Success or failure of a poultry business depends largely on how a farmer looks after chicks during their initial days of life after hatching.
This is crucial during such times when it is a little bit cold. Is it normal to lose one chick? What about 10?
As depressing as it is, mortality has a bad effect on poultry farming.
But no matter how perfect a farmer’s systems are, there will be some deaths.
But excessive mortality is an indicator that something is not right.
Most of the time, mortality in chicks occurs during brooding.
A farmer should expect to lose 1 to 2 per cent of chicks during this period.
This may increase if they were chilled, dehydrated, had infected navels or were obtained from poor or young breeding stocks.
Losing more than 2 per cent during your first week may indicate a bad chick source, a bad batch of chicks or improper management. Losing them after the first week is always due to incorrect management.
Just like a mother hen sits on her chicks to provide warmth, brooding is the provision of artificial heat to chicks until they grow sufficient feathers and are able to regulate their own body temperatures.
A newly hatched chick does not have a fully developed thermo-regulatory mechanism until after at least two weeks of age.
Normally, the chicks are not able to maintain their body temperature properly and may chill to death if not kept warm. Brooding period is critical and is between day one to about four weeks.
Types of brooding and equipment
Brooding is natural as happens with a broody hen or artificial when dealing with many chicks in the absence of mother hens.
The equipment used for brooding is called a brooder, which includes heat source, a reflector and brooder-guard. The heat source could be a heat lamp, a charcoal jiko and an infra-red bulb.
Where electricity is available, it is advisable to use the infra-red bulb owing to the challenges of using a charcoal jiko, which include refilling of the charcoal a couple of times particularly at night.
Ordinarily, a one 250 watts infra-red bulb is sufficient for 150 to 250 chicks.
The bulb is placed at the centre of the brooder.
The brooder guard, made from cardboard sheets or mats, prevents the chicks from straying far away from the heat source.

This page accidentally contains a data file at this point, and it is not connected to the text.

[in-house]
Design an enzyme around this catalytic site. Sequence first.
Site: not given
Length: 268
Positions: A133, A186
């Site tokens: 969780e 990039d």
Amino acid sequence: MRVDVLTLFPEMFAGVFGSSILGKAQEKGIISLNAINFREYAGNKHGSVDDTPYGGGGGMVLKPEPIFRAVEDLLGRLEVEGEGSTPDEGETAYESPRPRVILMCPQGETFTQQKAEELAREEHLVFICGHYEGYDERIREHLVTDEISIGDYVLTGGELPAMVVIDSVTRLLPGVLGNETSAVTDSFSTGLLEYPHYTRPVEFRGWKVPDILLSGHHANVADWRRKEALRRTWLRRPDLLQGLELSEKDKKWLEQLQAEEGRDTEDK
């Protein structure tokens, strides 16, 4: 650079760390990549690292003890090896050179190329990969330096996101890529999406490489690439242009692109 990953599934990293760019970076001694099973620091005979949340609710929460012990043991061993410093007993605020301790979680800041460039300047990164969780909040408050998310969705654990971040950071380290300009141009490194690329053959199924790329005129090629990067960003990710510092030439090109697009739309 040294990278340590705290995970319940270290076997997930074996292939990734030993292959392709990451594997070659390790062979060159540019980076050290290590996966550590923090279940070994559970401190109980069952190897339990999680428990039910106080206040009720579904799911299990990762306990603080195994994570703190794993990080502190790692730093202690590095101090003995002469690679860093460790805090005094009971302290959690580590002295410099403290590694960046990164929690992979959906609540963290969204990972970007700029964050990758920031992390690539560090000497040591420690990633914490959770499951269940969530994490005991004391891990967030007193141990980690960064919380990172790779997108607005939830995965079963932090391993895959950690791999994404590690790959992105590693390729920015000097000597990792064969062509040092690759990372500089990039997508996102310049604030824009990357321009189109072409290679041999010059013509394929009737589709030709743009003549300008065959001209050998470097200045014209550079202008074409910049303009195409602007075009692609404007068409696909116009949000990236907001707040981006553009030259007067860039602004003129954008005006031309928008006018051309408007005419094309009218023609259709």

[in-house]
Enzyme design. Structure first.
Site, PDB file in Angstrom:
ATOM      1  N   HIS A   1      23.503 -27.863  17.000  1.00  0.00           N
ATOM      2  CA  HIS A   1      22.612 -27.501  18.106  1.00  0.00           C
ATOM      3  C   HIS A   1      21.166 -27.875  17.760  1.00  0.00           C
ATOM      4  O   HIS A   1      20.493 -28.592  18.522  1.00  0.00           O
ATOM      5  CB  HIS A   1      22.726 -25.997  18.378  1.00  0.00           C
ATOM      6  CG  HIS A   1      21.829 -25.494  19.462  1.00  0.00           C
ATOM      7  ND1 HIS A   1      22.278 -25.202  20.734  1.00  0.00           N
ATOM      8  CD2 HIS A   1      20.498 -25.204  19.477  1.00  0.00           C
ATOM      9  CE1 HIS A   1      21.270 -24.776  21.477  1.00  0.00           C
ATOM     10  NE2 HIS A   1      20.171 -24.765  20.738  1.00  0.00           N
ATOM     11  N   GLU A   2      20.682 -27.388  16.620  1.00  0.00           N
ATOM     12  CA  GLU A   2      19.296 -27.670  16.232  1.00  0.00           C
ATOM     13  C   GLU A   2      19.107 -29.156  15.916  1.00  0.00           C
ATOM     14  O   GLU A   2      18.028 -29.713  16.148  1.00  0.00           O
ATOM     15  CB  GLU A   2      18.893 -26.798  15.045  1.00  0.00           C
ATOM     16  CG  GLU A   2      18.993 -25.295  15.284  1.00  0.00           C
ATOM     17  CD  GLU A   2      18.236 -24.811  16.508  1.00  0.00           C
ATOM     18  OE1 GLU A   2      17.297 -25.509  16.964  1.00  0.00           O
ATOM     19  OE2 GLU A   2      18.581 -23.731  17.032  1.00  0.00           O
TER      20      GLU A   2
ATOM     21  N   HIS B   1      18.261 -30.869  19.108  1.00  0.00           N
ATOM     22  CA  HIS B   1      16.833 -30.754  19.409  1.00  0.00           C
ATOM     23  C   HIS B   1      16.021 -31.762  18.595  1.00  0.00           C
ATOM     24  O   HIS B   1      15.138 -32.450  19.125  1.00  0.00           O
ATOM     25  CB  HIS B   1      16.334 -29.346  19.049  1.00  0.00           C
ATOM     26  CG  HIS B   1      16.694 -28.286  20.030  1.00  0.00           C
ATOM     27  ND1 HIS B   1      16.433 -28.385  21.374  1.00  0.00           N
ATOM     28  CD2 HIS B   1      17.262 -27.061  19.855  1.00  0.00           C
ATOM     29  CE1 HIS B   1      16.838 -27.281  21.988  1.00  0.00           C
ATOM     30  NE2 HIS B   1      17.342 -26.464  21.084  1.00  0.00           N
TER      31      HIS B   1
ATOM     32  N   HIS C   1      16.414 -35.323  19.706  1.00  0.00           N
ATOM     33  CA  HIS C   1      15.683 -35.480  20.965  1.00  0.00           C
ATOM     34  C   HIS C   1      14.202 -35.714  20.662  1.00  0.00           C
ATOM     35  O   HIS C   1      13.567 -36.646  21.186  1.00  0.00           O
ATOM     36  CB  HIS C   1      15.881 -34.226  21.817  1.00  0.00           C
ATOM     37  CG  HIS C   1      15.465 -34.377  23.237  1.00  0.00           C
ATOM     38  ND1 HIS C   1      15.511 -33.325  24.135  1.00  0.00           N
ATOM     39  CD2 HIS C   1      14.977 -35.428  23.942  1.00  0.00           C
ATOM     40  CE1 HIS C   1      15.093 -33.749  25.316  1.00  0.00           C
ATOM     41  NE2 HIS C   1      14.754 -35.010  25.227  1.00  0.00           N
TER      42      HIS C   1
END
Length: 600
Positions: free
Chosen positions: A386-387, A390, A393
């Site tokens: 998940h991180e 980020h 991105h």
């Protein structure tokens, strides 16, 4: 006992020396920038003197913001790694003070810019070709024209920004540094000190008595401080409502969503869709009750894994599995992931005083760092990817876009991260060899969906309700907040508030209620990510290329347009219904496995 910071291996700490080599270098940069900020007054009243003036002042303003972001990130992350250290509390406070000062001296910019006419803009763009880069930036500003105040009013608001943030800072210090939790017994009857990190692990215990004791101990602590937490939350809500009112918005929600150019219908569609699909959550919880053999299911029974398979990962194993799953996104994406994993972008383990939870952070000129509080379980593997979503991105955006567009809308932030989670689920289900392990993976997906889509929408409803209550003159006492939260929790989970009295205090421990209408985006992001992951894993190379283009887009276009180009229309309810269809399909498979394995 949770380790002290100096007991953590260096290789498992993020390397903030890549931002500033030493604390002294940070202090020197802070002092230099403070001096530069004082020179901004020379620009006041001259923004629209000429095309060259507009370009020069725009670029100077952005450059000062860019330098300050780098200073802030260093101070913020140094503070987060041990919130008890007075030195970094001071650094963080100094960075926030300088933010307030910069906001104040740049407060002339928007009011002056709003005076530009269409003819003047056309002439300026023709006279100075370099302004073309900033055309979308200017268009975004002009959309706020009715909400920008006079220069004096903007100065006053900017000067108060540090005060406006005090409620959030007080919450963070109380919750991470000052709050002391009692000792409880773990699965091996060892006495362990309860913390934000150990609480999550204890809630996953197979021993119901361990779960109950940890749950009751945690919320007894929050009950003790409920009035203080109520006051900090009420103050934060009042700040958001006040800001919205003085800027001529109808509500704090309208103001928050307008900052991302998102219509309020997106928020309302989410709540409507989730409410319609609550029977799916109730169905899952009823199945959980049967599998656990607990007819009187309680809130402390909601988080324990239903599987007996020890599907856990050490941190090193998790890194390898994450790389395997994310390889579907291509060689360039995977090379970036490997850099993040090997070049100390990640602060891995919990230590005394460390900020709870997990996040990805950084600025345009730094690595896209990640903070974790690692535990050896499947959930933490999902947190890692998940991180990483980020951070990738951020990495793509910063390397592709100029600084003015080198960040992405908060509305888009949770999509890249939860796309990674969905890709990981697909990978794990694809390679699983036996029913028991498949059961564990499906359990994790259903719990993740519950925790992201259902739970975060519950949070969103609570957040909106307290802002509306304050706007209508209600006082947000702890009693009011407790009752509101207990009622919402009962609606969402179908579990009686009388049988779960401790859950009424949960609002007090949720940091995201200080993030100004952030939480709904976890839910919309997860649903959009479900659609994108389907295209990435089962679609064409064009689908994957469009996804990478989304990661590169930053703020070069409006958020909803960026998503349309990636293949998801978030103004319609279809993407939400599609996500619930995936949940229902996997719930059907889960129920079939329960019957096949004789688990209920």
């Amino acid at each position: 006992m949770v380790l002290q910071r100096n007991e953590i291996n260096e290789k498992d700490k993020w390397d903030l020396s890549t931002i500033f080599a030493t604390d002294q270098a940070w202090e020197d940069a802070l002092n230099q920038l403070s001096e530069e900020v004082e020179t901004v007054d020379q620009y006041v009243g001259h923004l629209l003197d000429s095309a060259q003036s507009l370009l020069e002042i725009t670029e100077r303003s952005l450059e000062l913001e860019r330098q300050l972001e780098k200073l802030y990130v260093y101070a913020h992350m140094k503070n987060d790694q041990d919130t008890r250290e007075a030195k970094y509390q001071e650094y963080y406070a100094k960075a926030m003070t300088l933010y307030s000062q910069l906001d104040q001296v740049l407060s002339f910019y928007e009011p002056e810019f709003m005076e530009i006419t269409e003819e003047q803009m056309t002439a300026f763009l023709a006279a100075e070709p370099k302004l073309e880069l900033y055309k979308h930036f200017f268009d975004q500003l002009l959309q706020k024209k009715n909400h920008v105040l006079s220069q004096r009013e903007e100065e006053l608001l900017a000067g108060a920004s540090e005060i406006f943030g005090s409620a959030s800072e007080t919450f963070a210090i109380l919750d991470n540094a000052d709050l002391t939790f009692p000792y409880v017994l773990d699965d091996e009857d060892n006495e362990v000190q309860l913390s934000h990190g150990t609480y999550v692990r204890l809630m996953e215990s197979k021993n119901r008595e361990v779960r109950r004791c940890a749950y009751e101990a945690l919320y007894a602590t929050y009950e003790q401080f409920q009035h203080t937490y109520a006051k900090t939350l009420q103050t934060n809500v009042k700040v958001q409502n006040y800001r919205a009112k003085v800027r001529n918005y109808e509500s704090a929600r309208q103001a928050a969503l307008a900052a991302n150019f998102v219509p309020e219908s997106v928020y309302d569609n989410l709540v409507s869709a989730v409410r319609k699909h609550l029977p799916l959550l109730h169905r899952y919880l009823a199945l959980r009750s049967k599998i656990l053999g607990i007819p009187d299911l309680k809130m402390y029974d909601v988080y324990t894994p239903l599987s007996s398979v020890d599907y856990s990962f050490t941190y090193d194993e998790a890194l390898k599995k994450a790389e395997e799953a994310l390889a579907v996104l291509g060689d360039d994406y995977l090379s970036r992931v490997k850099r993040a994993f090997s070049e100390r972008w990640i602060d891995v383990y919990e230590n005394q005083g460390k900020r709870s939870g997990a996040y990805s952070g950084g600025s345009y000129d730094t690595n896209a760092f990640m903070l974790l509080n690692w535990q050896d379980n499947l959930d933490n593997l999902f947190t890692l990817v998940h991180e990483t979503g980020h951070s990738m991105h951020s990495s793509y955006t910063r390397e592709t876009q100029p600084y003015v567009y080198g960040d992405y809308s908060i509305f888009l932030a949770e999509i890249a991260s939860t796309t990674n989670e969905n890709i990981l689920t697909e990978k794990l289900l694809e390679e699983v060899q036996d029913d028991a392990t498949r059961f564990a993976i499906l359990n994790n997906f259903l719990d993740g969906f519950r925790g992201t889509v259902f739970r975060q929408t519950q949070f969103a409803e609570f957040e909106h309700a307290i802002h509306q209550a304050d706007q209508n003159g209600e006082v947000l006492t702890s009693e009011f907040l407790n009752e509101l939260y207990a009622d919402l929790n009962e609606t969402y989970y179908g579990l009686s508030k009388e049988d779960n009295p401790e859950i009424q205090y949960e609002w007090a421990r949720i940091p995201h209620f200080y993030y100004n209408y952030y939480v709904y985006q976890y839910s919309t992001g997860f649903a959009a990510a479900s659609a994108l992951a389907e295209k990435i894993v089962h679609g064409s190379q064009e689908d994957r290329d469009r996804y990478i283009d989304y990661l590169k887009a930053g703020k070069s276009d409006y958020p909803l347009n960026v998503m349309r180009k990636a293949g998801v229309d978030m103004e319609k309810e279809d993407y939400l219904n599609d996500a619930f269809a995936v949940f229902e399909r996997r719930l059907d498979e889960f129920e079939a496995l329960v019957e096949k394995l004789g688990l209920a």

The brooder guard must be circular with no corners to avoid huddling of chicks at the corners which can cause suffocation and death.
The height of the brooder guard should be about 1.5ft. A brooder guard with a diameter of 4m is sufficient for about 500 chicks.
The bedding should be about 2 inches thick preferably from absorbent material such as wood shavings that absorb moisture from the chick droppings and also insulate them from a cold floor.
Two weeks before arrival of chicks, the house should be cleaned with soap and water, then disinfected.
Spread clean, dry litter material and then old newspapers over the litter.
Arrange feeders and drinkers in alternating fashion.
Check the brooder for proper temperature 24 hours prior to arrival of chicks.
Switch on the brooder heating source several hours (6-12) before the arrival of the chicks to maintain required brooding temperature.
After arrival of chicks, count them and place in the brooder, provide medicated water for about three hours before introducing feeds. Feeds are spread on the newspapers.
Provide glucose, vitamins and liquid paraffin (not kerosene) in the drinking water for one week or so to overcome stress.
Maintain a brooder temperature of 30 – 32°C for the first week and then reduce by 3°C every week until it reaches the room temperature.
Alternatively, you could watch the behaviour of chicks in the brooder to find out whether the temperature provided is correct. In case of too much heat, chicks move away from the source, exhibiting signs of heat stress (panting, drowsy, stretched wings and diarrhoea with matting around the vent).
In such a case, reduce the heat by cutting the power of the bulb or raise the bulb higher. In case of too low temperature, chicks huddle under the heat source, making noise and some may die due to chilling. Correct this by adding heat source or further lowering the infra-red bulb. In the event there’s draught, provide curtains.
Remove brooder guard after three to four weeks. While removing the brooder guard, ensure that the corners of the sheds are rounded to avoid huddling.
Change the feeders and drinkers according to age and requirement.
24 hours lighting programme should be adopted during 0-8 weeks of age. One hour darkness may be provided to train the chicks in case of any power failure.
Other than the use of glucose/dextrose, vitamins and liquid paraffin, the farmer must adhere to the vaccination programme provided by the supplier of chicks.
Procure vaccines from the right suppliers and observe cold chain requirements when transporting vaccine. For water medicated vaccines, avoid use of treated water.
As for specific treatments when chicks get sick, the farmer should get the advice of a veterinarian.